It has been a extremely challenging time, as it causes so much anxiety in me and I really believe I have and am doing everything I can, it's just unexplainable. Thankfully all the children's parents we socialise with are really understanding I guess they can see I'm doing everything I can. And like I said for the last few months he has really improved, there hasn't been any incidents for no reason for a long time, now it's just when he wants something someone else is playing with or if he thinks another child is doing the wrong thing.
Anyway hang in there, it sounds like you are doing the right thing, I often remind myself all children are different and unique don't compare or expect to much they are only 2 or 3.
Actually the other thing we started doing is talking about 'rules' so any time we are mixing with other children we talk about "the rules" before hand, we talk about what is going to happen if he doesn't follow the rules and what reward he will get when he does follow the rules. Our rules are:
1. No pushing 2. No biting. 3 Listening to mummy & daddy 4. Sharing & waiting your turn
The triple p parenting program does suggest making the rules a positive rather than negative for example instead of No pushing, it should be Keeping hands and feet to yourself. But I find No pushing to be more effective for DS1.
09-12-2011 14:09 #19Senior Member
- Join Date
- May 2011
Thanks everyone - I think the only thing I could up the ante on would be positive reinforcement. I do this already but I will re-double my efforts!
With any form of discipline, regardless of my firmess *for lack of better word* (as in if I plonk him in 'time out', hold his hands quite firmly, get in his face, raise my voice a little, and generally be Tough Mummy) or my gentleness (being very very calm and using a quiet voice, taking him to time out very gently by the hand and sitting him down softly, explaining nicely ""oh no, now X is crying because you hurt him, when you are ready you can go and say sorry and give him a hug") he just doesn't seem to *get* it. He will either be distracted and look around and not listen, or be angry and throw grass at me, hit my legs, kick at me, yell in my face, or thinks its funny. At playgroup after he pushed the little girl over I marched him outside firmly, plonked him down on his bottom and said "IF you do that again we will go home" he looked at me smugly and said "HOME HOME HOME!!" which he thought was highly entertaining as he had just learnt the word home!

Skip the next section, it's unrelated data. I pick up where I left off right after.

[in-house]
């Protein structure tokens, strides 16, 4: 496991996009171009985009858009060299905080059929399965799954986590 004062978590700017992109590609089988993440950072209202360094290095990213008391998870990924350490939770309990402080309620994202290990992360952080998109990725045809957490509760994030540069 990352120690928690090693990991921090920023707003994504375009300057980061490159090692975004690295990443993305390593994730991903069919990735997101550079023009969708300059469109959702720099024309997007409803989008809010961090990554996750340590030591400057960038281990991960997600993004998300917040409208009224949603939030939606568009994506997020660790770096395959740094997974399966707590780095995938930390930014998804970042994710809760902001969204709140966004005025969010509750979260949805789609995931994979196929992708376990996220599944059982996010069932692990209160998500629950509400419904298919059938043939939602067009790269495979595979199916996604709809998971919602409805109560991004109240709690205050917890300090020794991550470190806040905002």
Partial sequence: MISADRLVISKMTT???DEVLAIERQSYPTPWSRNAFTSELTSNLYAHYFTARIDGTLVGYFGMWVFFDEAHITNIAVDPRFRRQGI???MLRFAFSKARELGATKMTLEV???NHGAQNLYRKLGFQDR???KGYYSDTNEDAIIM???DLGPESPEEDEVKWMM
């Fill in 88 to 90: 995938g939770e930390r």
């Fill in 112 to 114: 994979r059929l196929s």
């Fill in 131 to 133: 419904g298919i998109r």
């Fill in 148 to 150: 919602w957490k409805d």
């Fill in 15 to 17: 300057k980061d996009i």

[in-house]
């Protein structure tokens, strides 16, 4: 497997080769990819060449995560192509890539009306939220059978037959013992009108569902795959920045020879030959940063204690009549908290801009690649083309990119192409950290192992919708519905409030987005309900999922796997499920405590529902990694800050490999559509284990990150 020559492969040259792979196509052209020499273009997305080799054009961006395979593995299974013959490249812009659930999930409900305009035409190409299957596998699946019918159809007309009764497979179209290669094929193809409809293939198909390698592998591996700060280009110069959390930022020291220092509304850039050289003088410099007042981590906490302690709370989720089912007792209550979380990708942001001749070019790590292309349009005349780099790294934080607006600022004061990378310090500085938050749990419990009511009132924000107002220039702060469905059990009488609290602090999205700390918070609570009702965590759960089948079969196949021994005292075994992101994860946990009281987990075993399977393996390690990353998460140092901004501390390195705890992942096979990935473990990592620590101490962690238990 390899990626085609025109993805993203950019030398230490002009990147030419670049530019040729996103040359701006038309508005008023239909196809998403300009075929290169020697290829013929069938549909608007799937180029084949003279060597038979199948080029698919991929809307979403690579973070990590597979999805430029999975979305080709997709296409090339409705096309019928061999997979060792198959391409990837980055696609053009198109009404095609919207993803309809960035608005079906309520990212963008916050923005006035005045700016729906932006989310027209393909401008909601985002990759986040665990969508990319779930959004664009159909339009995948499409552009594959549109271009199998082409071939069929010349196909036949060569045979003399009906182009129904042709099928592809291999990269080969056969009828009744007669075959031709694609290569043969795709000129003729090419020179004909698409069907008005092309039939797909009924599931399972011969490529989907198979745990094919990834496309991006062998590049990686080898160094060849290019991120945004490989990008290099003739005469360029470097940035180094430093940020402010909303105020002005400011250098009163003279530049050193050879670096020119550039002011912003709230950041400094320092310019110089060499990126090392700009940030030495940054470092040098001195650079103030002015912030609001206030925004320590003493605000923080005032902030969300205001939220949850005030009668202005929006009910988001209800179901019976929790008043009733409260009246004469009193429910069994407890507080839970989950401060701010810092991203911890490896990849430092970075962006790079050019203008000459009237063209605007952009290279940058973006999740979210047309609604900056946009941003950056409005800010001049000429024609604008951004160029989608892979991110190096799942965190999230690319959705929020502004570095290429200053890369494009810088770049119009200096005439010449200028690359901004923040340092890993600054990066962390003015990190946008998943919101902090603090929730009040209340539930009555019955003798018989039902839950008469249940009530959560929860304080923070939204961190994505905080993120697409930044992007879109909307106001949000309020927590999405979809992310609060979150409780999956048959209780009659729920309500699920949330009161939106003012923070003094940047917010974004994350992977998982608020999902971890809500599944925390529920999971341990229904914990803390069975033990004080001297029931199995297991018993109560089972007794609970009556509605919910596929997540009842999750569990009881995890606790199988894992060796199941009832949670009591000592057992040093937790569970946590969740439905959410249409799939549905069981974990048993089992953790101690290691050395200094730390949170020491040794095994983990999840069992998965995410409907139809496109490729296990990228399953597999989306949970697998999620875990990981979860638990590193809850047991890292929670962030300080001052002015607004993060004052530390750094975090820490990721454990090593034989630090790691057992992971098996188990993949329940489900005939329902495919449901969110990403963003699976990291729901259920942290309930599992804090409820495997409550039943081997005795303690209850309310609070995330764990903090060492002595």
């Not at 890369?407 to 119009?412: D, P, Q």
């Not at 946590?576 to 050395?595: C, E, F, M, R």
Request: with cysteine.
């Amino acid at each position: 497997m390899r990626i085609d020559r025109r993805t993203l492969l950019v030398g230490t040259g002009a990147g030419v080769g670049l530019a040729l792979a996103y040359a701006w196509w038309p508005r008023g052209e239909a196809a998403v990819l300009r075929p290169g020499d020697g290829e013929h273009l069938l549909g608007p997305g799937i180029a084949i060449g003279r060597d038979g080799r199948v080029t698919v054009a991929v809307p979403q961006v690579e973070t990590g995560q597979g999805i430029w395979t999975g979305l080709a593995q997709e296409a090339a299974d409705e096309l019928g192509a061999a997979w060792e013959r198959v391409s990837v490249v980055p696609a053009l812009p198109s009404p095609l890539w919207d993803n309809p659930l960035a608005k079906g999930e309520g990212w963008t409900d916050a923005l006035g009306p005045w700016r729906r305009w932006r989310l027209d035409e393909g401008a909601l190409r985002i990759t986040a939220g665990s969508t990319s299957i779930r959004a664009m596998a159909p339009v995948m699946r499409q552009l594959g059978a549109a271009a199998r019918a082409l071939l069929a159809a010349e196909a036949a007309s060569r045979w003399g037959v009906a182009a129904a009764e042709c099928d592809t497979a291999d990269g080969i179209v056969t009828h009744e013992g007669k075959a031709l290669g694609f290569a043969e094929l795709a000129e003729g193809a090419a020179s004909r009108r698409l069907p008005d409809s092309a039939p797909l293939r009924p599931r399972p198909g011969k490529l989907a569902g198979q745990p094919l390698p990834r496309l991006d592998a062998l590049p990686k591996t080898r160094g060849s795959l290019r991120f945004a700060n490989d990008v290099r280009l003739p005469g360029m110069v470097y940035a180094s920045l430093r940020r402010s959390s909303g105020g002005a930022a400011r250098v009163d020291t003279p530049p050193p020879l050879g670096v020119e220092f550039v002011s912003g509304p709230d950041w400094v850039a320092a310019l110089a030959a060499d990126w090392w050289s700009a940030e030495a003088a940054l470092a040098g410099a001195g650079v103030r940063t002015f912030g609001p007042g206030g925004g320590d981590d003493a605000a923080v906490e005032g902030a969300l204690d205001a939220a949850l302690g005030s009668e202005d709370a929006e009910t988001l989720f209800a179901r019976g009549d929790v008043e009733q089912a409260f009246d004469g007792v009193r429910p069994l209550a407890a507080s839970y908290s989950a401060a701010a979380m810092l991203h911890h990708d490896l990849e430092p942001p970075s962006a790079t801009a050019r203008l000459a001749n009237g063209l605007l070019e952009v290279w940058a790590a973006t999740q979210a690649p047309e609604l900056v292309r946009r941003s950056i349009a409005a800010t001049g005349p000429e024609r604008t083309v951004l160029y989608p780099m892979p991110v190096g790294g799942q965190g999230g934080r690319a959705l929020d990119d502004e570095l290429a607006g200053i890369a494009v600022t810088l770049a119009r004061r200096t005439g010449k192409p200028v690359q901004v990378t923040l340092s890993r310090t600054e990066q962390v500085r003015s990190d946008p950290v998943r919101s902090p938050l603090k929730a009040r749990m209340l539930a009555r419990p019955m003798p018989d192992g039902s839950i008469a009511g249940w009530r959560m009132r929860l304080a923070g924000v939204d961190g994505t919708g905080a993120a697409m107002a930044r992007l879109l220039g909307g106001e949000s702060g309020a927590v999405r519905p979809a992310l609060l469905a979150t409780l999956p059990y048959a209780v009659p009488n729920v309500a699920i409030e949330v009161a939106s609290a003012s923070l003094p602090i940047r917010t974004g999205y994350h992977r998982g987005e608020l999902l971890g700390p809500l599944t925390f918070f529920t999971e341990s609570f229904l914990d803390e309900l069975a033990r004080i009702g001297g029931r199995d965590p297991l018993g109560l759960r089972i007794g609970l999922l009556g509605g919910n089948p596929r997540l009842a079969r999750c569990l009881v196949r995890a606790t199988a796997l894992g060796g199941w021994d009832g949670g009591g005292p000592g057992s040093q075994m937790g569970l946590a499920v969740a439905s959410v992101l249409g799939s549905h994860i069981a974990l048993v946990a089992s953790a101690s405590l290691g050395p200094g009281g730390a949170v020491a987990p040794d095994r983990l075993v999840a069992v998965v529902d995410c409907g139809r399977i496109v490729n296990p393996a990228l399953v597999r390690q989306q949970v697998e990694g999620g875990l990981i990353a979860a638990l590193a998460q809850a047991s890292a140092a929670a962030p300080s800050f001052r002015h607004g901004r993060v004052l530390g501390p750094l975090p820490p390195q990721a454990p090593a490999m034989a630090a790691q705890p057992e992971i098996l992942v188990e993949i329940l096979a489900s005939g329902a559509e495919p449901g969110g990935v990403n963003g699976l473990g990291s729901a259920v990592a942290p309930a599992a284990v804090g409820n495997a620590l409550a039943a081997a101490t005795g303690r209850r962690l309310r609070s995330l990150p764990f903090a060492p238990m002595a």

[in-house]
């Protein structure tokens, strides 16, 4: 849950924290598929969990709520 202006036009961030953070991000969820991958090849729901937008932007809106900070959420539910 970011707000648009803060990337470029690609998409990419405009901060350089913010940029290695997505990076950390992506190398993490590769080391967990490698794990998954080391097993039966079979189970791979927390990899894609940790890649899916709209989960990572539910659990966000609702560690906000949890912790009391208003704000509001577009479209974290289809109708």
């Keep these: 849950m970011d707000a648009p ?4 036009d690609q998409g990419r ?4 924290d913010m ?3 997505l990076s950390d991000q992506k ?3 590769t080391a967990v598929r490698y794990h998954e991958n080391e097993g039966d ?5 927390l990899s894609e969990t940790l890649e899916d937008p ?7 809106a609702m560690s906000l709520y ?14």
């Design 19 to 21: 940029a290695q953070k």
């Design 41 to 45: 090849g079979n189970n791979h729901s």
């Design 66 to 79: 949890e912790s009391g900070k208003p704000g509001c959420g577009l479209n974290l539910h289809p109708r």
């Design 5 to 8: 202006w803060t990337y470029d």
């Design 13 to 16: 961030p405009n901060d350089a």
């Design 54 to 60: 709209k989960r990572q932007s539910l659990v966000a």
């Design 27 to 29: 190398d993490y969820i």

amesv - our children and situations sounds VERY similar (minus my DS biting) and its good to hear that you have tried everything as well and got no where fast! Obviously not good for you, but I'm glad I'm not the only one - I honeslty don't know anyone IRL who's child is this bad. He is also, I feel, behind in his speech compared to his peers but I spoke to a Speech Therapist over the phone and she seemed to suggest that he is a bit young to work with very well and that there is not a lot she would be able to do...
When I talk to DS before going to somewhere that involves other children I say "now no hitting at playgroup ok? can you show me how nice and gentle you can be to your friends? lets play nicely, you've been such a good boy today etc
I will persevere with it all and hope hope hope he does, eventually, grow out of it.